On May 1, 2011, Wallace was more direct. “I guess Perry finally found someone for my place that [Horseshoe Bay Republican Senator Troy] Fraser couldn’t veto,” he tweeted amid speculation that Fraser had dragged his feet to keep Wallace on the board as long as possible. “Been great working with you.”
Timmerman had swept away the core of Mason’s support on the board. The next move wasn’t hard to figure. Mason resigned in summer 2011 and took a job with the Austin law firm Graves Dougherty Hearon and Moody in late November. (He declined to comment for this story.) He was replaced by Motal, a former chair of the Travis County Republican Party.
Mason had contributed to Democratic candidates, including $500 to Bill White’s 2010 gubernatorial run against Perry, but partisan politics doesn’t explain the changes at LCRA. McCasland, who also wasn’t reappointed to the board, has donated thousands of dollars to various Perry campaigns. Wallace leans Republican too; he thinks Perry’s 12 years in office have been mostly positive. If the general manager shuffle was about Mason’s political affiliation, it would be logical to assume that the board of Wallace, McCasland and Raun would never have hired him in the first place.
What’s happening at LCRA seems less about partisan politics than cronyism. “He’s wanting to take care of his buddies,” says McCasland of the governor. “There were some people [the governor] wanted us to hire,” he says. “We didn’t do that … We would not vote to hire [Armbrister].”
Though Armbrister may be qualified for the general manager position—he spent substantial time in the Legislature working on natural resources issues, to the chagrin of those who considered him a development-friendly figure—it should be noted that taking over the LCRA would have meant quite a bump in salary. In Perry’s office, he collects an annual income of $176,460. In his last year on the job, Mason stood to make $345,000.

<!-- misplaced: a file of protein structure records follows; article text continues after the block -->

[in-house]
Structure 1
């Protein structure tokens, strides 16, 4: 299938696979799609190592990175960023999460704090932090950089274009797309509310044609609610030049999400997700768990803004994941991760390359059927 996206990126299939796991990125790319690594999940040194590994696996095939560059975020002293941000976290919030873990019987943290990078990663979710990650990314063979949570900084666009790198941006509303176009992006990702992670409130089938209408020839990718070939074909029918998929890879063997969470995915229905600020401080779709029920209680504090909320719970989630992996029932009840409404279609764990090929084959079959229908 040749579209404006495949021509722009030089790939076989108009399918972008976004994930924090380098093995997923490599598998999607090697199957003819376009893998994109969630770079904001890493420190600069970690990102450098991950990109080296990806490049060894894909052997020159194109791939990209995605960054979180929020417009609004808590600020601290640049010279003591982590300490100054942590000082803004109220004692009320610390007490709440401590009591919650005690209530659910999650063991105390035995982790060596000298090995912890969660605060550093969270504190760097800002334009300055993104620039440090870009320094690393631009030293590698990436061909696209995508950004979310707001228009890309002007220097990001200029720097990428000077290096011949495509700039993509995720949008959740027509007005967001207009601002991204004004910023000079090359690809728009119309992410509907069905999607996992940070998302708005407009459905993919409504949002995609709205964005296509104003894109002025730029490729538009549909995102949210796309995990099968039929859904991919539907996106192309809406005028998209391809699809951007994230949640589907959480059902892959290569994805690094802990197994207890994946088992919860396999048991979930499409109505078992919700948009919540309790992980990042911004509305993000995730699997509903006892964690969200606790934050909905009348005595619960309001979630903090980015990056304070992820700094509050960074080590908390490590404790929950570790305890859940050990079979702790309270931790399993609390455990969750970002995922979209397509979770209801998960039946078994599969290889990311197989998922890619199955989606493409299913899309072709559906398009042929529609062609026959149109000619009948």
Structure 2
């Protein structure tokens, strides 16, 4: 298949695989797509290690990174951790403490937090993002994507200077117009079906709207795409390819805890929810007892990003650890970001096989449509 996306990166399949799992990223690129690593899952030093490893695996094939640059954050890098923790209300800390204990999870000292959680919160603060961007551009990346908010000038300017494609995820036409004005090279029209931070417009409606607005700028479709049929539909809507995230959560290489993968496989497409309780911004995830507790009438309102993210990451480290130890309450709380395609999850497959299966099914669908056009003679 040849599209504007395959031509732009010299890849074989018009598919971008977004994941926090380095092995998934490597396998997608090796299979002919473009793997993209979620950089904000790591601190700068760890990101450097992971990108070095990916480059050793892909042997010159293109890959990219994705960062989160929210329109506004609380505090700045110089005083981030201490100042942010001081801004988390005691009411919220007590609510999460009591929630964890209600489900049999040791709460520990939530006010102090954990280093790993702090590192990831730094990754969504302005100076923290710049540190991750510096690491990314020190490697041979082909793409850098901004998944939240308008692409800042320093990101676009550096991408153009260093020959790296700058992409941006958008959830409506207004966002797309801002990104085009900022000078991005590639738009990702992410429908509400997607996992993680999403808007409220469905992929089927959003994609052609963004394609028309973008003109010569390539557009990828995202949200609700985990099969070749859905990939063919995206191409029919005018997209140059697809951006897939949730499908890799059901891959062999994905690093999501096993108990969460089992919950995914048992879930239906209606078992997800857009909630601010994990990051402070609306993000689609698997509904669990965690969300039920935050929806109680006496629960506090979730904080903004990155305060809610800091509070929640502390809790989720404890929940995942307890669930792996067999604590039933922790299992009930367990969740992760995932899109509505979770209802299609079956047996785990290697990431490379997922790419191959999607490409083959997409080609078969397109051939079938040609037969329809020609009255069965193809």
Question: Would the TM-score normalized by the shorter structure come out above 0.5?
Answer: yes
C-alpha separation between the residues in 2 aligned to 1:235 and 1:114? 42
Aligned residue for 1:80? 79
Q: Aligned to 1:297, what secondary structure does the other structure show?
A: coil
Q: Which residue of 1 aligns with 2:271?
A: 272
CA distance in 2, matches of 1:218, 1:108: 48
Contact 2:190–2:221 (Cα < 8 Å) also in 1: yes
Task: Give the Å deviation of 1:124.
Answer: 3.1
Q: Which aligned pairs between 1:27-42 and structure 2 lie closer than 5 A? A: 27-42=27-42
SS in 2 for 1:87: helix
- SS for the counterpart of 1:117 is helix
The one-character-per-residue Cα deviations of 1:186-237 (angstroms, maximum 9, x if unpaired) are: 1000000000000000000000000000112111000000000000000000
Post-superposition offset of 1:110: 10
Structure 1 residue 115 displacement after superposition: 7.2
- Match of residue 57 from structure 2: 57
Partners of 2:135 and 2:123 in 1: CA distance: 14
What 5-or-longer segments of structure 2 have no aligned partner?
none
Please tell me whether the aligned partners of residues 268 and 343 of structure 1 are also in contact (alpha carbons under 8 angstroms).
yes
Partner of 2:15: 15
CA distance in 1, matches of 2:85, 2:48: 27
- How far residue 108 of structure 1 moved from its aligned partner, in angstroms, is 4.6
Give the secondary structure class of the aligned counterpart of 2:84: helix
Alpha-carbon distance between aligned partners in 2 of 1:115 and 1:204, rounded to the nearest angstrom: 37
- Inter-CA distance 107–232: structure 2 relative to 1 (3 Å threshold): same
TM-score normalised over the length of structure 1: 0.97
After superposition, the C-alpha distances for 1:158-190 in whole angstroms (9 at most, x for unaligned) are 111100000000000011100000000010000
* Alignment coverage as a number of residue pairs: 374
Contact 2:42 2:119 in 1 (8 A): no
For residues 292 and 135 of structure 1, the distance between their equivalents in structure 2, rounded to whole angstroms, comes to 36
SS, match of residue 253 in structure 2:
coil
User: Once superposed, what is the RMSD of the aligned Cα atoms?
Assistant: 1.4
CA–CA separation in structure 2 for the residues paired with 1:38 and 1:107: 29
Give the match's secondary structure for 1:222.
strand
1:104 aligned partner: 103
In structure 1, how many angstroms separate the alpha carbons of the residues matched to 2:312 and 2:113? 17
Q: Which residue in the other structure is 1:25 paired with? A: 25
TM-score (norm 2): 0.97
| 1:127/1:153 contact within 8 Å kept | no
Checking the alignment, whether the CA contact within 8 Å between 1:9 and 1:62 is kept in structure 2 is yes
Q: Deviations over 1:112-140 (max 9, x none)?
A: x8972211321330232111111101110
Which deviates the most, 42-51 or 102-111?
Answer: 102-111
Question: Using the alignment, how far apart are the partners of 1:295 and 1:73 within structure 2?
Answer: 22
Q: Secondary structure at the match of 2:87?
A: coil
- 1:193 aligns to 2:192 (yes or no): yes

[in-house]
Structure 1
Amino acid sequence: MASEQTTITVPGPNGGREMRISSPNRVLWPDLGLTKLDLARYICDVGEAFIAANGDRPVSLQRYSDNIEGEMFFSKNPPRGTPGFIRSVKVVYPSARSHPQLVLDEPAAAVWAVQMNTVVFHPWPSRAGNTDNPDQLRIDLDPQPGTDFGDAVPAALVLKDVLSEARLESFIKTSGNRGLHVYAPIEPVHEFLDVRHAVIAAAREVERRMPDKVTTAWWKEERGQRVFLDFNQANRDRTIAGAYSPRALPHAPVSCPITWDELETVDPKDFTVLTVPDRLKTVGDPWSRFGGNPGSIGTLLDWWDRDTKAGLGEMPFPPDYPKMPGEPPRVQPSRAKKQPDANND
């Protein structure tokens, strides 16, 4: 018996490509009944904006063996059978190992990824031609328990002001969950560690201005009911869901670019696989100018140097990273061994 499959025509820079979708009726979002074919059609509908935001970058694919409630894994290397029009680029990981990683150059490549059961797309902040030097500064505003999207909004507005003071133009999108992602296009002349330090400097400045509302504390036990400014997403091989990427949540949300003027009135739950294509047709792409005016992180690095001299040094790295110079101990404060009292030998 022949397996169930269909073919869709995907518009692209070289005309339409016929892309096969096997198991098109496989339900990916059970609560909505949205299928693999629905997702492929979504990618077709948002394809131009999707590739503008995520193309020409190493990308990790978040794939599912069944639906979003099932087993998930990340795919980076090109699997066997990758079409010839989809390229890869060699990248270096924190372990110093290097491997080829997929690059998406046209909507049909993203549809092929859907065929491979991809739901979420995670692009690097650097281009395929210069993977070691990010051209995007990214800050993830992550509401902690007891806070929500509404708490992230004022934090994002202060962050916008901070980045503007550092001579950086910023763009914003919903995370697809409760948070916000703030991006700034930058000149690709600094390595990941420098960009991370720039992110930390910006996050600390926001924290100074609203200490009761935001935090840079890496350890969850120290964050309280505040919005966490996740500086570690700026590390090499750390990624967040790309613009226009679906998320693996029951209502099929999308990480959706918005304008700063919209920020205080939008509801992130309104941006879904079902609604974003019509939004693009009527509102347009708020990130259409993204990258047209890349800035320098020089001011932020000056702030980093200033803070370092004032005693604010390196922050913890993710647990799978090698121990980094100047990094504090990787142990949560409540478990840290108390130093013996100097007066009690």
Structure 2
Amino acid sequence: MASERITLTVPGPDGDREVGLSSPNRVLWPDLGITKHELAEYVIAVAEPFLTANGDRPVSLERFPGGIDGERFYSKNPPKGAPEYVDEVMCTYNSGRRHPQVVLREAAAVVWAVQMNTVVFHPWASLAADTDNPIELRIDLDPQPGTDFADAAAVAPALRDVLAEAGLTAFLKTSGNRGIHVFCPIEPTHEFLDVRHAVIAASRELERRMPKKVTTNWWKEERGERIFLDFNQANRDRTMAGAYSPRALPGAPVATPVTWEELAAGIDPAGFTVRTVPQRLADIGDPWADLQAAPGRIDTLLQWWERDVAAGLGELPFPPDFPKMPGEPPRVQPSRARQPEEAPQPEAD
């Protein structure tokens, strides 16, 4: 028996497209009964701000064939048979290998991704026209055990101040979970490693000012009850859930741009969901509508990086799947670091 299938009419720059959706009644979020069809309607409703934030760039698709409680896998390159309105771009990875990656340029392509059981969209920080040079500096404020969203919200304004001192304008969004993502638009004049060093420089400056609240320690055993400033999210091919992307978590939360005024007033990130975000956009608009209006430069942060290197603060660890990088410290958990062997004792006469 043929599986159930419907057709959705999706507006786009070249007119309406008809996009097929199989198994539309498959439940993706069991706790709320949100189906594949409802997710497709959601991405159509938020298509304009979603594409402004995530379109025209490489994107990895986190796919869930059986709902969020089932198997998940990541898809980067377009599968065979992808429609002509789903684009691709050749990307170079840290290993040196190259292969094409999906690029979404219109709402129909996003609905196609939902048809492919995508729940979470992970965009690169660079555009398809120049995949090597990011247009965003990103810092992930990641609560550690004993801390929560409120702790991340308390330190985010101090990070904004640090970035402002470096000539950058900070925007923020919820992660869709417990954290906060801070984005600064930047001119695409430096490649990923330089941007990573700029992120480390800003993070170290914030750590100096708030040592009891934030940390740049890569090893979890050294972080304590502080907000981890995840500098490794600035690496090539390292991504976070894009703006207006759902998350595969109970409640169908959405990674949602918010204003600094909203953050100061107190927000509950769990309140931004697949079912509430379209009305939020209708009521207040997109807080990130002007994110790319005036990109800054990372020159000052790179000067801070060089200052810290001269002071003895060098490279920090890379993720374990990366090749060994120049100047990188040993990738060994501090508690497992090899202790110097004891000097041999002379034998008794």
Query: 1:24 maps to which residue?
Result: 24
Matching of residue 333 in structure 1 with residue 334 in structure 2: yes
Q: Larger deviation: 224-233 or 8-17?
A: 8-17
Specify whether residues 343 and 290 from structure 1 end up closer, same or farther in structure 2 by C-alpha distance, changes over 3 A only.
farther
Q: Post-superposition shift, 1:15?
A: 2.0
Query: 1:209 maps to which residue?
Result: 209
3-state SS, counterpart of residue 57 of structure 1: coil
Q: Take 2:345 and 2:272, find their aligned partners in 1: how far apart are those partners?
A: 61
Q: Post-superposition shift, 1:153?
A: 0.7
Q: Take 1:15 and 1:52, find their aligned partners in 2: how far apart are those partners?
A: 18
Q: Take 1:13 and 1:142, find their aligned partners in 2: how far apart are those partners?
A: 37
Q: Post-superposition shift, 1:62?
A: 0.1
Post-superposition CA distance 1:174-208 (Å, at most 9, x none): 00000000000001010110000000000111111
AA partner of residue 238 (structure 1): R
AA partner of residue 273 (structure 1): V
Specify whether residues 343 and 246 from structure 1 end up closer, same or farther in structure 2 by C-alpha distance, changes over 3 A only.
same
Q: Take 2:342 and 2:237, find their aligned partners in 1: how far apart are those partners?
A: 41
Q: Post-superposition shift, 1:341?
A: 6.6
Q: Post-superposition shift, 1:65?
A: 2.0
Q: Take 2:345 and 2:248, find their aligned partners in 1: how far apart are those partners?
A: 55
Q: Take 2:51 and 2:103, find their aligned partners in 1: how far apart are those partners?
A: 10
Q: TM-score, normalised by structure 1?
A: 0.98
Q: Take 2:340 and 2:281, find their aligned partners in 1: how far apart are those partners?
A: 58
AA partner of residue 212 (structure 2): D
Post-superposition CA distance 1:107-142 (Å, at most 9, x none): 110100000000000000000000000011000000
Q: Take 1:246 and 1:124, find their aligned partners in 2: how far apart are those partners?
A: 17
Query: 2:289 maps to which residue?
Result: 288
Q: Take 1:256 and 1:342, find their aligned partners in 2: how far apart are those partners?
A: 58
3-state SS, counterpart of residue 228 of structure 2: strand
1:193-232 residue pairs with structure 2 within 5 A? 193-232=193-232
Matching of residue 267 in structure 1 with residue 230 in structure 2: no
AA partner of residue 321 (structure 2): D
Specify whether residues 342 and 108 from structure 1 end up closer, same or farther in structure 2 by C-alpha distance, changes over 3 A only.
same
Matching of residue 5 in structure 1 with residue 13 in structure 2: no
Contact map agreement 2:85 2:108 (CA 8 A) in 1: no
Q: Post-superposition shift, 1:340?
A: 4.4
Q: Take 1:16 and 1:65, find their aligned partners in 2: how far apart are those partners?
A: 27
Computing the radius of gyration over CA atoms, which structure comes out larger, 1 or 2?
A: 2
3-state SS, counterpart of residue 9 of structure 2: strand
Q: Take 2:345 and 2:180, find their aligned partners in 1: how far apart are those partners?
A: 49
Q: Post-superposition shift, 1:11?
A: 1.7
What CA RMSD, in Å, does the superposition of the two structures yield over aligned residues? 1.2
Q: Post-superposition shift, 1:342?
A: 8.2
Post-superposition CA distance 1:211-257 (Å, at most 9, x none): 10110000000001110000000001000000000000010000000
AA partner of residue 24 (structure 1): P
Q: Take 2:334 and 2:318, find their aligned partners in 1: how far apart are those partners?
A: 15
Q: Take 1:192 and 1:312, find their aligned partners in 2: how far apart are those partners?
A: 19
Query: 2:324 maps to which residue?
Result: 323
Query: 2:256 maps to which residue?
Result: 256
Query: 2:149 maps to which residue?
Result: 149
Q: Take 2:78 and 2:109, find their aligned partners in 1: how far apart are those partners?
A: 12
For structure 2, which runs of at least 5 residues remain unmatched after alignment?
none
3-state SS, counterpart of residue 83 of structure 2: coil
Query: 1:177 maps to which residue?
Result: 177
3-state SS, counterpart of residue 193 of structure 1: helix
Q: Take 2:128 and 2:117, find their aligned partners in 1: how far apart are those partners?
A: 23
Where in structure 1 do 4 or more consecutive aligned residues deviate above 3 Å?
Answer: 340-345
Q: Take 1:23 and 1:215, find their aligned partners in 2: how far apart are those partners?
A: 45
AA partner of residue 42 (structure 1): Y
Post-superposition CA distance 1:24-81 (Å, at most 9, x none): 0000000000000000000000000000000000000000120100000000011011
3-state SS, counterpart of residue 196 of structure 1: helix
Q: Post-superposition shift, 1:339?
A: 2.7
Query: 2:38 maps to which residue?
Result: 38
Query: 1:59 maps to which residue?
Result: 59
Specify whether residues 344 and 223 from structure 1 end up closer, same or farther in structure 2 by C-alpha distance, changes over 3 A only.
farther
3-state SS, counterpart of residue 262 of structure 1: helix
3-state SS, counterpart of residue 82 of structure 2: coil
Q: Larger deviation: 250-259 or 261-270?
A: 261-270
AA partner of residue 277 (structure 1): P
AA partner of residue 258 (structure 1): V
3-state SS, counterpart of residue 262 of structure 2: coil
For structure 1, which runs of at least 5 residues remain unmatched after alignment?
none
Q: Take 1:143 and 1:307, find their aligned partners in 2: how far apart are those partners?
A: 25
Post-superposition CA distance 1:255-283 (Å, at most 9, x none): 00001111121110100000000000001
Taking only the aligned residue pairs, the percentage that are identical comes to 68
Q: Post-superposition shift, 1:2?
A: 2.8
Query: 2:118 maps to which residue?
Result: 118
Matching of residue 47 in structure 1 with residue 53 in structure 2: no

A Perry spokesperson denied that the governor’s office influences the board on internal decisions. He also pointed out that the governor has the right to make appointments as he sees fit.
In fact, for some former board members, the problem isn’t that Perry has been installing friends and allies on the LCRA board. The problem is the policy that will follow.
As growth outpaces Texas’ water supply, municipalities find themselves reaching further to bring ever more acre-feet of water to their doorsteps. Drought and development has made water scarce all over Texas.
Against this backdrop, water speculators, some with connections to Perry, have been trying to sell water to the LCRA.
In September 2010, the Austin American-Statesman reported on what the paper termed a “massive deal.” The plan was to work with a handful of rights-holders to pump groundwater out of a host of Central Texas counties and into a $400 million pipeline to San Antonio. San Antonio would have received 80 percent of the water.